Respectability politics aren't necessarily bad of course—during the civil rights movement, marchers often dressed in suits in order to counter white racist perceptions of black behavior. Stereotypes about black people being violent were poetically countered by non-violent protest, and the brutal reaction from Southern authorities galvanized support for black rights. But the Johnson case illustrates how more abrasive expressions of respectability politics can backfire when it seems to be reinforcing racist assumptions rather than dispelling them.

"I understand and I honor the tradition of our elders and our guardians of virtue to attempt to assess and establish standards of acceptable behavior," says Jabari Asim, a professor at Emerson College and author of The N Word: Who Can Say It, Who Shouldn't, and Why. "We are fundamentally flawed in that assessment if we rely on language essentially that was created to dehumanize us."

The alleged double-standard over the use of the word "nigger" rests on three interrelated myths. The first is that black people aren't offended when other black people use it. The second is that black people—as opposed to entertainers most accessible to mass audiences—use it all the time. The third is that white people aren't allowed to. Spend ten minutes in New York City and you're likely to hear black, Latino and white kids using it to refer to themselves and their friends. Anyone can use it, they simply have to bear the social consequences of doing so—and simply being black, as Carmona recently learned, won't necessarily keep you out of trouble.

"There are people who say it's okay within the community to use that word," says Asim, who says he ultimately decided that its use is almost never justified, no matter who uses it. "I don't believe there is a consensus regarding that. There are quite a few people who are pretty hostile to the idea that it's acceptable as a term of endearment even among African-Americans." Whether using it is acceptable is a matter of complex individual and social factors that no one can take for granted.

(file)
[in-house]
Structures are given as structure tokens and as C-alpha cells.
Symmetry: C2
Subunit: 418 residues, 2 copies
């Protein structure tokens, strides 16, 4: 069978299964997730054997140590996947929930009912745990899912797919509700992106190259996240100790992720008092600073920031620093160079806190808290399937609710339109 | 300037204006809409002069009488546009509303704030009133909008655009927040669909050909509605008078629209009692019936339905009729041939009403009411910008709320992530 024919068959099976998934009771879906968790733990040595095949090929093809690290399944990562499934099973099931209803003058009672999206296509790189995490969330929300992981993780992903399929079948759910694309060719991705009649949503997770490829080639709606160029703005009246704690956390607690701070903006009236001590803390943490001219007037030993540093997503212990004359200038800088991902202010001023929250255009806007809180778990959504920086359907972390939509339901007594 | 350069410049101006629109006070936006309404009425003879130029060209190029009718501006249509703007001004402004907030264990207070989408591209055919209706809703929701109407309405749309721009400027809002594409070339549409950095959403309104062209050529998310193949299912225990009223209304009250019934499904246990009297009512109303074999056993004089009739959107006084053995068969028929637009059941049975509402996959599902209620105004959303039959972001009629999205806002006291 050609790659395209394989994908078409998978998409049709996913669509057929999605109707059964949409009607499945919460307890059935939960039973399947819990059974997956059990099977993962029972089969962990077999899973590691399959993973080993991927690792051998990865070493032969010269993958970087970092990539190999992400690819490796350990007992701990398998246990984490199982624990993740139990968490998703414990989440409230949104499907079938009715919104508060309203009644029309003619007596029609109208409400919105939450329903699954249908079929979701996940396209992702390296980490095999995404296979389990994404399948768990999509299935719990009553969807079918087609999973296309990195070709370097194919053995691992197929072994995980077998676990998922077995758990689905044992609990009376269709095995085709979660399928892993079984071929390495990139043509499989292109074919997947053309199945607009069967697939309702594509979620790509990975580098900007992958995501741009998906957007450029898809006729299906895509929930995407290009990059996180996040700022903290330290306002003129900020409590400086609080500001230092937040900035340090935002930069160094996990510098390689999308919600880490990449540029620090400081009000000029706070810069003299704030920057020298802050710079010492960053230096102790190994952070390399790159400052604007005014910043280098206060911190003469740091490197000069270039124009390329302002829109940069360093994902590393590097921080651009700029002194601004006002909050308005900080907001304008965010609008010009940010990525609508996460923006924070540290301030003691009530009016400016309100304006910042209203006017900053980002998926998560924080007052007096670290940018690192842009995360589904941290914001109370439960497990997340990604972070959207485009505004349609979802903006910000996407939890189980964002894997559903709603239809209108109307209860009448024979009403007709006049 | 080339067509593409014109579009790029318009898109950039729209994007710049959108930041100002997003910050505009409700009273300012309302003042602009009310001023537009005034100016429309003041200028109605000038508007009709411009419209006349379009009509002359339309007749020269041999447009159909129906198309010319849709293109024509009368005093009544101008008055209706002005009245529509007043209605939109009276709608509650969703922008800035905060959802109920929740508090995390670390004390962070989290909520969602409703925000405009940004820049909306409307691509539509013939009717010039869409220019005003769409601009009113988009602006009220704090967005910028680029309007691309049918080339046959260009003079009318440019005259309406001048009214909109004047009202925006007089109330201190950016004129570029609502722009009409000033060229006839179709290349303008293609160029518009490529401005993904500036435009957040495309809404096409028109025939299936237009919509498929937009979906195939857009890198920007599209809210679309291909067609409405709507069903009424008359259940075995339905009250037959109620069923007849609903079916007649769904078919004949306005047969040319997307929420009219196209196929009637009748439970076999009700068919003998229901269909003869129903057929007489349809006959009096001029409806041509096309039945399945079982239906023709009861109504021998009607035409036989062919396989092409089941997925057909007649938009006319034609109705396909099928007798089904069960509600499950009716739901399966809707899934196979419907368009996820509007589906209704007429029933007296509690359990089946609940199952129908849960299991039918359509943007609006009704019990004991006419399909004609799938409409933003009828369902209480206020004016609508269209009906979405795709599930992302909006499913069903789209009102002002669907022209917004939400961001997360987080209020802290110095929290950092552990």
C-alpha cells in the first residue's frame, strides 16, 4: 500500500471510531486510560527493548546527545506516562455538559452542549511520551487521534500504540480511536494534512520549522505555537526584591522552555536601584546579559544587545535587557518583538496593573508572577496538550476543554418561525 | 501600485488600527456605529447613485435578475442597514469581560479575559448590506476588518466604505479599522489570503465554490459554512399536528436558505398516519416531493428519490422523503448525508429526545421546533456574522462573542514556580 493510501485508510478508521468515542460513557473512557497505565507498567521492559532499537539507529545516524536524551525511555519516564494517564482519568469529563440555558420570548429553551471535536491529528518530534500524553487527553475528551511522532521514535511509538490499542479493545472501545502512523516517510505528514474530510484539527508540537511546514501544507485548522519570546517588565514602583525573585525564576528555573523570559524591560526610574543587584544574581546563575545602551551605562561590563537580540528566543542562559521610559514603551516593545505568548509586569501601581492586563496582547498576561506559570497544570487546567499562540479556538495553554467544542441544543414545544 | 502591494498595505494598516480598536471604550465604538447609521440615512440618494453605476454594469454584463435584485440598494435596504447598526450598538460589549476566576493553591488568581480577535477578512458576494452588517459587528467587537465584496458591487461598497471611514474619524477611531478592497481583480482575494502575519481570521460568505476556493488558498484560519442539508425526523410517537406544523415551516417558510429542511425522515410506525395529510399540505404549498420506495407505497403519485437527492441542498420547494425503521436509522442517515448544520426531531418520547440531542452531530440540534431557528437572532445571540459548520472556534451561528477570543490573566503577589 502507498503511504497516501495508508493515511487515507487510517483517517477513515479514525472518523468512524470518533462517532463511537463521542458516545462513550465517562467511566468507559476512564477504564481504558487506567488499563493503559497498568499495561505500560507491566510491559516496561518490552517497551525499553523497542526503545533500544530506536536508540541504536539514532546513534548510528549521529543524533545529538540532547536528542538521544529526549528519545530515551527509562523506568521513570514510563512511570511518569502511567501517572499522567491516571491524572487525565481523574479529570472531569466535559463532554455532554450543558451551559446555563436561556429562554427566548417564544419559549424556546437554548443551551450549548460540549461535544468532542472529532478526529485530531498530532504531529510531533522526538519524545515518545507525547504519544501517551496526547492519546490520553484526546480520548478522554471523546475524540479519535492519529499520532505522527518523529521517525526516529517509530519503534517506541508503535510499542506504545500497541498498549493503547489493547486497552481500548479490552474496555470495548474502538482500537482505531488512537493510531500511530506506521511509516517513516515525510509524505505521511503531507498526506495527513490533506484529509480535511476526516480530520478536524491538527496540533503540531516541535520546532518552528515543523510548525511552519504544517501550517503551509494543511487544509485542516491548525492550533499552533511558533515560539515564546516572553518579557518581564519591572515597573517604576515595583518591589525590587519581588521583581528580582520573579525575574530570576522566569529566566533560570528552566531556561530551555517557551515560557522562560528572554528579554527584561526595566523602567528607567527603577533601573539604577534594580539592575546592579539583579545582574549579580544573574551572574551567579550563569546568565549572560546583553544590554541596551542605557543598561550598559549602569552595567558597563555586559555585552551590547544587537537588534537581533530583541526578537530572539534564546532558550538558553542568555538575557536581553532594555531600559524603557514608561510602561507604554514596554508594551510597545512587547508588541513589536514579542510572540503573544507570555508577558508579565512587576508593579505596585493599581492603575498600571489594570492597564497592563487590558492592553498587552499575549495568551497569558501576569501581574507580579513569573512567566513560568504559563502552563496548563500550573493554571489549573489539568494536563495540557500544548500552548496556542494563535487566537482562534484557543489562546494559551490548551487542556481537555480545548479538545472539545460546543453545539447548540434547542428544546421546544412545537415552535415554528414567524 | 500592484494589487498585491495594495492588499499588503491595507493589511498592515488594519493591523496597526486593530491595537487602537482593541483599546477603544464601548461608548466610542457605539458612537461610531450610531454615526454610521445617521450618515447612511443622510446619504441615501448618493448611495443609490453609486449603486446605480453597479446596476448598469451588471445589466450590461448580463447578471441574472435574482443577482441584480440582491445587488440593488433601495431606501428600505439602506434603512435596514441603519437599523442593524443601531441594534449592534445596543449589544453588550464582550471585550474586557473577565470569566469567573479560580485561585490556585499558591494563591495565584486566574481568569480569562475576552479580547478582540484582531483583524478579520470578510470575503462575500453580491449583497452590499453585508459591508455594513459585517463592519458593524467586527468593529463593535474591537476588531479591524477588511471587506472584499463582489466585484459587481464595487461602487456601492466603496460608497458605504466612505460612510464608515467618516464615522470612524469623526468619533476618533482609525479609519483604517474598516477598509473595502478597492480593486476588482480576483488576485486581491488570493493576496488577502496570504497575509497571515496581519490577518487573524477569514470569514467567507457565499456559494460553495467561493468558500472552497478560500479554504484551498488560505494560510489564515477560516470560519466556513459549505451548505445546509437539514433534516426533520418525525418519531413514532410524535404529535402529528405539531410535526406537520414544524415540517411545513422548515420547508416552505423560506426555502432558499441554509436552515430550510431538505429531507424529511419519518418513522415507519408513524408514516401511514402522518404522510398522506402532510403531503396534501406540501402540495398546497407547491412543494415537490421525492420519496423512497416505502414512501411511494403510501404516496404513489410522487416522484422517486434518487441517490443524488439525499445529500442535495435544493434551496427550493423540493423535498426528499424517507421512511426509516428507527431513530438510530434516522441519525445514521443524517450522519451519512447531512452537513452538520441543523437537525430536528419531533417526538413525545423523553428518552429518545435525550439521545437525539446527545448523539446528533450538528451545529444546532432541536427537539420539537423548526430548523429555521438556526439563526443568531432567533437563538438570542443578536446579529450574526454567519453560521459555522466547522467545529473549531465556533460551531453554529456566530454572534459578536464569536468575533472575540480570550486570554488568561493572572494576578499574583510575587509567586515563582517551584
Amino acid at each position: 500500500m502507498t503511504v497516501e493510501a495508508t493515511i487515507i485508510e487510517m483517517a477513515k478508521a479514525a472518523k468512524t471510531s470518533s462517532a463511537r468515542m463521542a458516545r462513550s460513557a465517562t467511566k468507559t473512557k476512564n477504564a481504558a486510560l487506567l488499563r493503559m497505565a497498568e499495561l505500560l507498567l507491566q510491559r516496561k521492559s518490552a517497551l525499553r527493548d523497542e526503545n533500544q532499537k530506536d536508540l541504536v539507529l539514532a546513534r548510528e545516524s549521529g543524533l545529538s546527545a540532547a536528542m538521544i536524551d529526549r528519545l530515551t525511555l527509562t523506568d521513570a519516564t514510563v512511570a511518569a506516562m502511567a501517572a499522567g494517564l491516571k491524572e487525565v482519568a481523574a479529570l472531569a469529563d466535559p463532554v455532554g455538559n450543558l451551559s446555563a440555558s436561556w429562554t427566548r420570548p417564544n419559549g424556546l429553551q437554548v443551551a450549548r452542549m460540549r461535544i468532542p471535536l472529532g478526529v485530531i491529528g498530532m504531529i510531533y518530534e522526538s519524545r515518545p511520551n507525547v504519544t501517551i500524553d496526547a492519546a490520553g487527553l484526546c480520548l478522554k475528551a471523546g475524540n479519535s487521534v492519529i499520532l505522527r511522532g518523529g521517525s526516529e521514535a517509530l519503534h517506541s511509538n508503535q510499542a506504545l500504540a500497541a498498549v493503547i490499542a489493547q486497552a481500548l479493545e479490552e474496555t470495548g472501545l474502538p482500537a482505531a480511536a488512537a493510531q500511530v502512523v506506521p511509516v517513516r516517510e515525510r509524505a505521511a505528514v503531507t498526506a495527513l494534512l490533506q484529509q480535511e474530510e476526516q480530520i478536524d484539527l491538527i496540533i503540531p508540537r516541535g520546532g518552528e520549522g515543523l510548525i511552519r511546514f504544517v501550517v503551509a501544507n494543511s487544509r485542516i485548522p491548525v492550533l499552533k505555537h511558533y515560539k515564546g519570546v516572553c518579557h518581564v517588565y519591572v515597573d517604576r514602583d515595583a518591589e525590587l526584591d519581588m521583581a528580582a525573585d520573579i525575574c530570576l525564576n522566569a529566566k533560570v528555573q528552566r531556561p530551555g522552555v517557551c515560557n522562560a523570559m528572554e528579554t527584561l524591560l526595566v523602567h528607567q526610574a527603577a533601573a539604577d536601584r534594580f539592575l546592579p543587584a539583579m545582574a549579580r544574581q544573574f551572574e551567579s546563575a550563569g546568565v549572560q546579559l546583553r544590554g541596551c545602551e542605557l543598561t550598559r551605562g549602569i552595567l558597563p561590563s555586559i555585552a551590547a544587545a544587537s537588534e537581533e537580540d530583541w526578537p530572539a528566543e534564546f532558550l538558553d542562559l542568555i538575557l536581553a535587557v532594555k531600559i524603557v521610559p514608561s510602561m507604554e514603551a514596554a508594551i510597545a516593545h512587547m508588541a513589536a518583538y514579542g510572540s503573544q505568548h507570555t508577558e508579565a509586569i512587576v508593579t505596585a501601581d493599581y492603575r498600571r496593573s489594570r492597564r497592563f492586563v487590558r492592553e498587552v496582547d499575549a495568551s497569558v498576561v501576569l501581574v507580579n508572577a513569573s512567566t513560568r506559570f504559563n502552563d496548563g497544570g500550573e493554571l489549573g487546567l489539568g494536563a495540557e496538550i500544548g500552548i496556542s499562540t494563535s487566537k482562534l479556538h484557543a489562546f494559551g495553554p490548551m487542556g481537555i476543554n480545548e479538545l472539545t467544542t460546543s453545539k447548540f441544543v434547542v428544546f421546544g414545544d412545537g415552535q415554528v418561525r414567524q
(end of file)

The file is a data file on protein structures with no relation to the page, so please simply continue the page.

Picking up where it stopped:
But if other black people are less offended when other black people use it, that's not a "double standard," its a consequence of the reality that the word affects black people in a way it affects no one else. It's no more a double standard than it is for a wife to call her husband "honey"—the collective experience of racism has created a kind of familial intimacy, within which certain behaviors can be tolerated that wouldn't be acceptable from outsiders. Even some of the most expert practitioners of respectability politics have used the word behind closed doors. Civil rights legend and former Supreme Court Justice Thurgood Marshall used to ironically refer to himself among colleagues as "Head Nigger" when he ran the NAACP Legal Defense Fund in the 1950s, to the horror of some of his subordinates.

That doesn't mean that it's always acceptable. Johnson felt like Carmona was discriminating against her and the jury agreed. Carmona claimed he was just giving Johnson "tough love." It's impossible to imagine that Carmona would have spoken that way to Johnson if she were white. But it is possible to imagine a scenario where that kind of "tough love" is a sincere attempt to warn someone of an outside world that will be less forgiving of their flaws than someone who isn't black.

About the only thing the Johnson case demonstrates for certain is that when you're at work, you should probably avoid using it, unless you want a jury deciding whether it's appropriate.